Ric Roman Waugh, 2013
As a movie, Lethal Weapon 4 fails completely; independently as well as in comparison to it’s predecessors. But as a collection of seperate action and comic sequences the film is watchable. Mel Gibson and Danny Glover are back as cops promoted to captains out to unfoil a malicious scheme involving… illegal Chinese immigrants?
No, it’s not very exciting. And that’s the film’s big flaw. Lethal Weapon 4 has some very exciting and clever scenes that entertain while they last, but it is missing a sense of urgency, so I never really cared about the plot. Nor is it very effective or heartwarming to see Glover’s character take aq family of illegal immigrants into his home because he takes a liking to them. It seems to be a far cry to make us care about how the movie ends.
Providing one of the few reasons to go see this film is Chris Rock, who joins the cast as Glover’s future son-in-law. He has a few good punchlines under his sleeve, if that’s what you’re looking for, and he adds a little verve to the action. Joe Pesci is still there, bitchin’ about everything and anything that goes on around him, but he proves to be just plain annoying.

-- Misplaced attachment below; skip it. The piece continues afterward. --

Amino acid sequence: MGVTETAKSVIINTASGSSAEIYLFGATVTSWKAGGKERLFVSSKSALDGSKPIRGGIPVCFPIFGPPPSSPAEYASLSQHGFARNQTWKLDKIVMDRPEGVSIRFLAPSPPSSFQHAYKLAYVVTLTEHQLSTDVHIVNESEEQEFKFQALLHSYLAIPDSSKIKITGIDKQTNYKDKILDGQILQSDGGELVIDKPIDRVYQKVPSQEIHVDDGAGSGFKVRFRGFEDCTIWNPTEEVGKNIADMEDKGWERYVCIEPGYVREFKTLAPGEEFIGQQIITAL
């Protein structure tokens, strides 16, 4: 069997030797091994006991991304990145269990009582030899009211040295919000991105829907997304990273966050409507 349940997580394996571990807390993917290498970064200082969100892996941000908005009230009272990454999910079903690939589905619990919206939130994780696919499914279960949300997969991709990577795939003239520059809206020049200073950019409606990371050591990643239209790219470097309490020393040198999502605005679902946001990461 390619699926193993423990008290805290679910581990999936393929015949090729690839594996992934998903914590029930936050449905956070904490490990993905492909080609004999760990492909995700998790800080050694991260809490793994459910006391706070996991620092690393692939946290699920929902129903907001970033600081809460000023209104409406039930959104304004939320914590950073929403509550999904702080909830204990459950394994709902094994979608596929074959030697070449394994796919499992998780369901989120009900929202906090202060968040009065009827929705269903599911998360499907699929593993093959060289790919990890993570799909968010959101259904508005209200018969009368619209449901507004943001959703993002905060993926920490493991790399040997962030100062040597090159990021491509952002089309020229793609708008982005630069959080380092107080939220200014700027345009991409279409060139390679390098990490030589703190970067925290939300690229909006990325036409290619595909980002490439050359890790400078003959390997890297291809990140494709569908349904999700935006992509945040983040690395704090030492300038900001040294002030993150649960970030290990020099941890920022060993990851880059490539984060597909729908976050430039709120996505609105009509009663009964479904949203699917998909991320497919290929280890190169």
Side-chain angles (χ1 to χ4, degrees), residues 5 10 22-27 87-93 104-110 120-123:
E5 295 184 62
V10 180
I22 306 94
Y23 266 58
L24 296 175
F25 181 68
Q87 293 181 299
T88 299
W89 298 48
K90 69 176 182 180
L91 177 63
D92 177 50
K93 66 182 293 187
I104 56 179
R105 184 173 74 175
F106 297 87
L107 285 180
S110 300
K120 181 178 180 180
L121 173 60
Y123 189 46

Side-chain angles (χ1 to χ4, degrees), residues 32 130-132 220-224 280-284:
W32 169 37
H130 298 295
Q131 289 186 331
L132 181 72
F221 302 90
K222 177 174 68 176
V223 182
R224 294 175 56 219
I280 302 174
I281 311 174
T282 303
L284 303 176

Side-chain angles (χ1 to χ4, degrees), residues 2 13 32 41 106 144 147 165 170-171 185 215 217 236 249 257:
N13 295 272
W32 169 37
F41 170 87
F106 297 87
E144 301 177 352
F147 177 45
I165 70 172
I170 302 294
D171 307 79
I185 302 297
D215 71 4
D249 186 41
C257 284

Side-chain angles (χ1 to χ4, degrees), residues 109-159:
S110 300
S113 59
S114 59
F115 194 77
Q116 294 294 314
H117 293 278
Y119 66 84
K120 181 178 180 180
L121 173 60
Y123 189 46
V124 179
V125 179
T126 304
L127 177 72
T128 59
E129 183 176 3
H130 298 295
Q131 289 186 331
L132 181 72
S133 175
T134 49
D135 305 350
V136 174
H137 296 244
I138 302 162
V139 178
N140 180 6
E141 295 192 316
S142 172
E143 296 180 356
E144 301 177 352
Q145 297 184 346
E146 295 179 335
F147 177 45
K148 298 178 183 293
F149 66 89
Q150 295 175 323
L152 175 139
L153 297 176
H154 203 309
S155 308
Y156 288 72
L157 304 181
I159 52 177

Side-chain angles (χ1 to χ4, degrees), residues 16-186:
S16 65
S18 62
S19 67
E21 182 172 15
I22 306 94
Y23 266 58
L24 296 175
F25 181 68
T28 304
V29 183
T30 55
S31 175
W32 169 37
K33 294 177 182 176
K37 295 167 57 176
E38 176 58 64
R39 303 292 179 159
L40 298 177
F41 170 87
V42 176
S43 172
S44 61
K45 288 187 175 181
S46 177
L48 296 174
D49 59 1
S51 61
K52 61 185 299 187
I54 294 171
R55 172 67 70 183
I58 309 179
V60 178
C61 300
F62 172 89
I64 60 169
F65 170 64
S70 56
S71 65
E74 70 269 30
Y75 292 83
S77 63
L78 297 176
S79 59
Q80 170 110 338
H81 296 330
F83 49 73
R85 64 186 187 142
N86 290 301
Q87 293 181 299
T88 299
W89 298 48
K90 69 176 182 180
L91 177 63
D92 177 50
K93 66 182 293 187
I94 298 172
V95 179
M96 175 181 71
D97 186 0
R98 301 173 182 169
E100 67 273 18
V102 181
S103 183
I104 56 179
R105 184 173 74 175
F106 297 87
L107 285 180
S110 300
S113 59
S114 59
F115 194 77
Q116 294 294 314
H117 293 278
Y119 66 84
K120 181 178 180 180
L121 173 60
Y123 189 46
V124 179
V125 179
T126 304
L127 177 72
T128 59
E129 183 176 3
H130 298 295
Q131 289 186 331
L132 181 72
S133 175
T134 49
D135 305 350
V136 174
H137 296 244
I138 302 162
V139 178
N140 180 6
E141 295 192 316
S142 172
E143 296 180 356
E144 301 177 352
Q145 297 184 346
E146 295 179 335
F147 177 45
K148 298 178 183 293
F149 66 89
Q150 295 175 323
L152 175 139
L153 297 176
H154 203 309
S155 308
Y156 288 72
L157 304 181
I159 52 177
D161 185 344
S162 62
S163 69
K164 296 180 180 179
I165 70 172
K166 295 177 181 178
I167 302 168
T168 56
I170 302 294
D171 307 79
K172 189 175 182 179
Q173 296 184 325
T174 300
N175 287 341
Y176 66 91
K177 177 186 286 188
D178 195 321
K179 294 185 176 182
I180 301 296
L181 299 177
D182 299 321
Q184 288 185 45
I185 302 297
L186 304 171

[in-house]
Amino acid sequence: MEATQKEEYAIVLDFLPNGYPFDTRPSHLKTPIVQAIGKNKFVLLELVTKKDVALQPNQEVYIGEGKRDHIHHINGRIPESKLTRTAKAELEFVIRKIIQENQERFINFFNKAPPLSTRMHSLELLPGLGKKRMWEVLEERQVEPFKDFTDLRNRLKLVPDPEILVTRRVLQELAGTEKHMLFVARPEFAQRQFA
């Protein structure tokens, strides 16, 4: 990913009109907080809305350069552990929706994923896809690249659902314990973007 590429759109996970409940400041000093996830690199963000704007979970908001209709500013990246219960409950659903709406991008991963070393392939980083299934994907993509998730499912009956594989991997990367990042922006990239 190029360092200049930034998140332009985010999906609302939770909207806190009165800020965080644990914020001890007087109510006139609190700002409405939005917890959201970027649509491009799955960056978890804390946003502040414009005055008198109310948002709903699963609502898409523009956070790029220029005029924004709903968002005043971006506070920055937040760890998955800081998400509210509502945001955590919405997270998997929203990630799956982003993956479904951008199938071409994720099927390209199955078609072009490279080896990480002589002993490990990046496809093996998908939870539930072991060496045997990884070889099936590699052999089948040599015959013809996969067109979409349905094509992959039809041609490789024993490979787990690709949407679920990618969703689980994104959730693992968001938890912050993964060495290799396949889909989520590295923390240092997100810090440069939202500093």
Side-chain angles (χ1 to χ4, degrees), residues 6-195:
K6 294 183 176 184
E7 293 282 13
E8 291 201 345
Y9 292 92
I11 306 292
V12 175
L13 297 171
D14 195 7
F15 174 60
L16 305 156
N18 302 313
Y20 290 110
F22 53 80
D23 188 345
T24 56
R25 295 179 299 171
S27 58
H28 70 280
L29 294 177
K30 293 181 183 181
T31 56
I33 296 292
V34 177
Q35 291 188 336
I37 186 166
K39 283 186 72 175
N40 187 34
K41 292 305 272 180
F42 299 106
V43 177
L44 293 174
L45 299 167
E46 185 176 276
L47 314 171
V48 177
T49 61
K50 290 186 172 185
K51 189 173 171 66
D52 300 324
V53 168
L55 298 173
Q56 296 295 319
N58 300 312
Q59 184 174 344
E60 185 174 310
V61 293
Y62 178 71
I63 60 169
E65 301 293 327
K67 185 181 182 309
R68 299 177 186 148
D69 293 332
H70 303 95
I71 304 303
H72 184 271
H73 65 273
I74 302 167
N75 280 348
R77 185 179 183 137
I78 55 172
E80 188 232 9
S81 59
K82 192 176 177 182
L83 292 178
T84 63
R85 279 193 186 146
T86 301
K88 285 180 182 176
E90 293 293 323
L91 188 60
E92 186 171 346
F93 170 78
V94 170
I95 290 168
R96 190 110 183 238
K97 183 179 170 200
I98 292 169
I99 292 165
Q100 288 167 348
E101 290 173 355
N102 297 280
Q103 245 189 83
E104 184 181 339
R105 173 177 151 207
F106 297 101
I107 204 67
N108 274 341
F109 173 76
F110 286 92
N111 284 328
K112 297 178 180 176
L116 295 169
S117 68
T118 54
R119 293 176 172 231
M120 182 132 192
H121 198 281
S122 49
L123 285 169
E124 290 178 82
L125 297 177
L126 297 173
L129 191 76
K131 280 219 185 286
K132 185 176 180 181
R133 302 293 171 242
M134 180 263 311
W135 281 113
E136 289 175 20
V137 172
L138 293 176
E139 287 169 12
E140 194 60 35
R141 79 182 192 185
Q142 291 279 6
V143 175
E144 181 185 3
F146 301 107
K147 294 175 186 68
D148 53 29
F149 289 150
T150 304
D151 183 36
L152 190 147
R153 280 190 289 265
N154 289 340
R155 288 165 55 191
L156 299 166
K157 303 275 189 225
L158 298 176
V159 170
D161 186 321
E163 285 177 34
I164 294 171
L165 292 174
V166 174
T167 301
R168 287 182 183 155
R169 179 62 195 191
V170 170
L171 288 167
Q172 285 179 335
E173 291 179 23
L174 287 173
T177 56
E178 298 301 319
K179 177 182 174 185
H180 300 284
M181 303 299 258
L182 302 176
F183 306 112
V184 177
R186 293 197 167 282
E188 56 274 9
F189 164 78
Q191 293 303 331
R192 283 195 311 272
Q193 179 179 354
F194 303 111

As I said — the film has it’s moments. Look for a delightful comic laughing gas scene, and a surprisingly clever sequence on (and off) a tractor trailer. But there is no decent storyline or script to tie all of the scenes together, there is no conclusion to look forward to. It becomes more of a jigsaw puzzle than a movie really — it might as well have been a bunch of disconnected scenes glued together for all that really matters. The only thing worthy about the immigrant smuggling operation is the head villain, played by a charismatic Jet Li (a talented Hong Kong action star making his American debut). Otherwise — wait for video
-- Eugene Novikov